As discussed above, once a prima facie case of discrimination has been proved, the burden is then defendants' "to articulate some legitimate, nondiscriminatory reason for the employee's rejection." In Texas Department of Community Affairs v. Burdine, the Supreme Court discussed exactly what is required to meet this burden:
The burden that shifts to the defendant . . . is to rebut the presumption of discrimination by producing evidence that the plaintiff was rejected . . . for a legitimate, nondiscriminatory reason. The defendant need not persuade the court that it was actually motivated by the proffered reasons. See [Board of Trustees of Keene College v. Sweeney, 439 U.S. 24, 25, 58 L. Ed. 2d 216, 99 S. Ct. 295 (1979)]. It is suffi- cient if the defendant's evidence raises a genuine issue of fact as to whether it discriminated against the plaintiff. To accomplish this, the defendant must clearly set forth, through the introduction of admissible evidence, the reasons for the plaintiff's rejection. The explanation provided must be legally sufficient to justify a judgment for the defendant. If the defendant carries this burden of production, the presumption raised by the prima facie case is rebutted, and the factual inquiry proceeds to a new level of specificity.
450 U.S. at 254-55 (footnotes omitted).
Defendants have clearly met their burden. indeed, through cross-examination of plaintiff's witnesses, defendants went beyond what is minimally required (i.e. articulation) and proved conclusively to me that their sole reason for not rehiring plaintiff was their belief that he had stolen a fellow employee's watch. The testimony of Mr. Austein, Mr. Panza, and, indeed, plaintiff himself
established the following. Mr. DiManche was a close personal friend of Mr. Bonhomme and had originally recommended to Mr. Bonhomme to apply for a job at Ozone. After Mr. Sisto's watch was reported missing and circumstantial evidence was presented to Mr. Austein implicating Mr. Bonhomme and Mr. DiManche, Mr. Austein attempted to contact the two suspects. Only Mr. DiManche had intentionally taken Mr. Sisto's watch, Mr. Austein's first reaction was to change the characterizations of the releases of both employees from lay-offs to discharges for cause. However, after discussing the matter with Mr. Panza and determining that such a change would render both employees unable to receive unemployment benefits, Mr. Austein agreed to simply rescind any recall rights Mr. DiManche and Mr. Bonhomme might have had in the future.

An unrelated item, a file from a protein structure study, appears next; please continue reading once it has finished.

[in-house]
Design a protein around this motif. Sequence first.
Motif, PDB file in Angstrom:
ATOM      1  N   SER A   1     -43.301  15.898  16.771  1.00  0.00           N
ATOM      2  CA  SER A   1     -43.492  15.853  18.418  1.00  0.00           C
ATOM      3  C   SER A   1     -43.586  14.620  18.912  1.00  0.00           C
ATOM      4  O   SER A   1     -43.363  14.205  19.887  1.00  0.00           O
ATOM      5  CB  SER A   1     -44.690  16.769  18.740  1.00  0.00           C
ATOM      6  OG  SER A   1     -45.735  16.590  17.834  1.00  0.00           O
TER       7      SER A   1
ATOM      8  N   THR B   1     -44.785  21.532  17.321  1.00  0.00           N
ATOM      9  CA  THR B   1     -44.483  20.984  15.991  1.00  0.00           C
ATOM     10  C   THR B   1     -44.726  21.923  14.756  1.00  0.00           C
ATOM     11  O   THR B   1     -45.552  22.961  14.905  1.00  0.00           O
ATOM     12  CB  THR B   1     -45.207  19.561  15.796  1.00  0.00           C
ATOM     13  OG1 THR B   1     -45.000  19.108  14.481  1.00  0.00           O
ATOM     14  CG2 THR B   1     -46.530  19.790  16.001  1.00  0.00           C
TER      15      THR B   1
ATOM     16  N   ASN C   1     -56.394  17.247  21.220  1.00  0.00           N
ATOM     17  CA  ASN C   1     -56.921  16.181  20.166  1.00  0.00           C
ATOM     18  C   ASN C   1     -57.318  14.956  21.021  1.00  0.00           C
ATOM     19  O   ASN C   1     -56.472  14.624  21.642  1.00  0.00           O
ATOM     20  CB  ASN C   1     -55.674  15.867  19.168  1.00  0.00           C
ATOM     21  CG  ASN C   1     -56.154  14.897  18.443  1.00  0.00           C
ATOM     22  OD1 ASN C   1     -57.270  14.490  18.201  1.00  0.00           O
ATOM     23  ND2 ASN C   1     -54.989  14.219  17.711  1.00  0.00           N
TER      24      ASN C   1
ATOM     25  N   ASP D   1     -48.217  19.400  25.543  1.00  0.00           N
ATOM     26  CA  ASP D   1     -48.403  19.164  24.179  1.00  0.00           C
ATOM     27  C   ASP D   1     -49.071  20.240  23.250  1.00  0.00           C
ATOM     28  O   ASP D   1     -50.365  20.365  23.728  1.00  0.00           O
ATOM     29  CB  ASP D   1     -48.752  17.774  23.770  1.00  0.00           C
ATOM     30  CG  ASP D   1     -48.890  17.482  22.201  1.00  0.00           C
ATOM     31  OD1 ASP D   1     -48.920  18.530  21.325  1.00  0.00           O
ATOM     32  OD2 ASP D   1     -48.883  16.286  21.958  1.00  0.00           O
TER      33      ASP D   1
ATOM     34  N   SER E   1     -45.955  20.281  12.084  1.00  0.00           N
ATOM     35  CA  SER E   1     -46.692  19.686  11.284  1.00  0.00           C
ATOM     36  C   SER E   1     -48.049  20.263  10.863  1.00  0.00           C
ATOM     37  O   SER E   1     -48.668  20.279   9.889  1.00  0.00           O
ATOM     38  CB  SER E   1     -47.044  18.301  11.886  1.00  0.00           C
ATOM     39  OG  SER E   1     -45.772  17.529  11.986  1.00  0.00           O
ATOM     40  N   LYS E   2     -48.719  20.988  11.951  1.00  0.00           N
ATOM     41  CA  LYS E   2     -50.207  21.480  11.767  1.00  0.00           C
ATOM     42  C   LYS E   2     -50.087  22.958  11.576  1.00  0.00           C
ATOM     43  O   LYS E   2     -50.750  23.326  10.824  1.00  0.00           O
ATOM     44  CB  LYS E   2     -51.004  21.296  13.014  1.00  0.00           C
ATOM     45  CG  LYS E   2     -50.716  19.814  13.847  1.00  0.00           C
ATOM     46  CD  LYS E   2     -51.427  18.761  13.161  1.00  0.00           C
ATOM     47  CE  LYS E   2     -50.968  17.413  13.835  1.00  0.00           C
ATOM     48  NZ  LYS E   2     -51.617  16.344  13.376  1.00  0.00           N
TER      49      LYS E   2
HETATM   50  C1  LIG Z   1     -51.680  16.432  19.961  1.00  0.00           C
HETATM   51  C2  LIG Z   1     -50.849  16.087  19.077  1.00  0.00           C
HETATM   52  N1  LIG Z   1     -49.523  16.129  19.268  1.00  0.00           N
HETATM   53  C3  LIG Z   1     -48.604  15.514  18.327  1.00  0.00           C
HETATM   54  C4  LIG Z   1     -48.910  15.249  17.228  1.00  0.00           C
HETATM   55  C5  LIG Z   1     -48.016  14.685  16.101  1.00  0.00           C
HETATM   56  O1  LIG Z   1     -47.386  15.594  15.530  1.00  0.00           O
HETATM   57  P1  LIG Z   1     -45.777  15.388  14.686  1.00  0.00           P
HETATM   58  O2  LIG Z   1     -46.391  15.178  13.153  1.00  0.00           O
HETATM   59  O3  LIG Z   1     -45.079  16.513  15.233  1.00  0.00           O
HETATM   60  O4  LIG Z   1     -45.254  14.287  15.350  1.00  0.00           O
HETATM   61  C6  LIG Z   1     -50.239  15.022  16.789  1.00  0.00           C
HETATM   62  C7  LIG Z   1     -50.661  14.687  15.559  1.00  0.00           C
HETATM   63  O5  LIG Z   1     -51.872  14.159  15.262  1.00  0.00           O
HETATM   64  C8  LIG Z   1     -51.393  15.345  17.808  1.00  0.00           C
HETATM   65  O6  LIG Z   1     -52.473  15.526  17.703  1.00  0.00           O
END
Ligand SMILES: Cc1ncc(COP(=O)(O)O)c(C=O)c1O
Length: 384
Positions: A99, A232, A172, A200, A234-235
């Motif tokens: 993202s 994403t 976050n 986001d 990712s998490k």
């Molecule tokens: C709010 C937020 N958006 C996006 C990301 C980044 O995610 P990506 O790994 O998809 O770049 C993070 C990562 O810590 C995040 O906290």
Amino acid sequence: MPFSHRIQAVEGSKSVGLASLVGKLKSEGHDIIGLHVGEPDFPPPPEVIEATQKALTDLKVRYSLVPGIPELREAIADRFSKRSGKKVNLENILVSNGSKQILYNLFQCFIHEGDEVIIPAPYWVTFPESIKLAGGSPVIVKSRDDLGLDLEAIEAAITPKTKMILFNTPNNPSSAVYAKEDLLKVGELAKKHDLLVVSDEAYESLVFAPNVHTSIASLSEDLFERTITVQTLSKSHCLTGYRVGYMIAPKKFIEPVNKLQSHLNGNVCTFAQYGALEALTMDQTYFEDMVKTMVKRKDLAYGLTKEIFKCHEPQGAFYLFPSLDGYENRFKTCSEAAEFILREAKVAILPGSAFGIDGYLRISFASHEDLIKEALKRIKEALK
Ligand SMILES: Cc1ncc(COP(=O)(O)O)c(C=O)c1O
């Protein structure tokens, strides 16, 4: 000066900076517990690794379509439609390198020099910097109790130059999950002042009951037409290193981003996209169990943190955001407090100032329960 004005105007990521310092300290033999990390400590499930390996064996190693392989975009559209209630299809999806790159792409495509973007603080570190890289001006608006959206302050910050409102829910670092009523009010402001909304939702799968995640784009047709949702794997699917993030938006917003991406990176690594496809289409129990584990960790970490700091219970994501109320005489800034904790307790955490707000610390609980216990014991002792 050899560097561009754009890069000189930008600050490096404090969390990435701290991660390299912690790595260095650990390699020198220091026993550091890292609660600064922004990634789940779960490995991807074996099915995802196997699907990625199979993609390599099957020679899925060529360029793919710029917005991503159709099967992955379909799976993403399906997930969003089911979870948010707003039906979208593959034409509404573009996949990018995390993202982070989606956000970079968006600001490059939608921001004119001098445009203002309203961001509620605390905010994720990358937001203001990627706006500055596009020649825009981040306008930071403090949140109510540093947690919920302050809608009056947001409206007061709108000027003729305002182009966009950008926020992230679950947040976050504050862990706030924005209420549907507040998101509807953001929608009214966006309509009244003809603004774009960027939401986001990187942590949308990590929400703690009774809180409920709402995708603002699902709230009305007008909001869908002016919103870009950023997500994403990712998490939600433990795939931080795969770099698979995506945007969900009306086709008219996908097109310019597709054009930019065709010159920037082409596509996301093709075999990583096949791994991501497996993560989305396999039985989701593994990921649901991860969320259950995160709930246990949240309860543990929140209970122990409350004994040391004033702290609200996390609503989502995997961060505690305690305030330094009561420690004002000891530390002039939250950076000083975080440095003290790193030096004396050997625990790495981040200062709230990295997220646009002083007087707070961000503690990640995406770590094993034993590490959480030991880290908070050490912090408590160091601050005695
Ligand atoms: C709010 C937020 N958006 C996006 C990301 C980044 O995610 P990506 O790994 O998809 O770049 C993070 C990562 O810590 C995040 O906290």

As a result of defendants' clear articulation of a legitimate, nondiscriminatory reason for refusing to recall Mr. Bonhomme, the burden shifted back to plaintiff to prove that this was not the true reason for defendants' employment decision but rather a pretext for discrimination. A plaintiff may succeed in carrying this burden "either directly by persuading the court that a discriminatory reason more likely motivated the employer or indirectly by showing that the employer's proffered explanation is unworthy of credence." Texas Department of Community Affairs v. Burdine, 450 U.S. at 256 (citation omitted). Plaintiff, however, did not even produce evidence tending to show pretext, nevertheless persuade the court of such a fact.
At the end of plaintiff's case defense counsel chose not present any witnesses, and, instead, to rest on their cross-examinations of plaintiff's witnesses. At this point, I explained to plaintiff's counsel, Jimmie L. Engram, Esq., that there were serious deficiencies in his case. Specifically, I stated that, given defendants' articulation of a legitimate, nondiscriminatory reason for refusing to recall plaintiff, plaintiff must prove that this reason was merely a pretext for discrimination in order to prevail. I noted further that plaintiff had failed woefully in this regard. Mr. Engram responded that he thought defendants were going to present witnesses and that he needed to cross-examine these witnesses to show pretext. Consequently, I gave Mr. Engram the opportunity to call these witnesses himself and treat them as hostile. However, after conferring with the prospective witnesses, Mr. Engram decided not to examine them. Instead, he simply rested his case without introducing any further evidence.
Accordingly, as plaintiff was unable to produce any evidence, direct or indirect, that defendants' stated reason for not recalling plaintiff wa merely a pretext for discrimination, plaintiff's case is dismissed.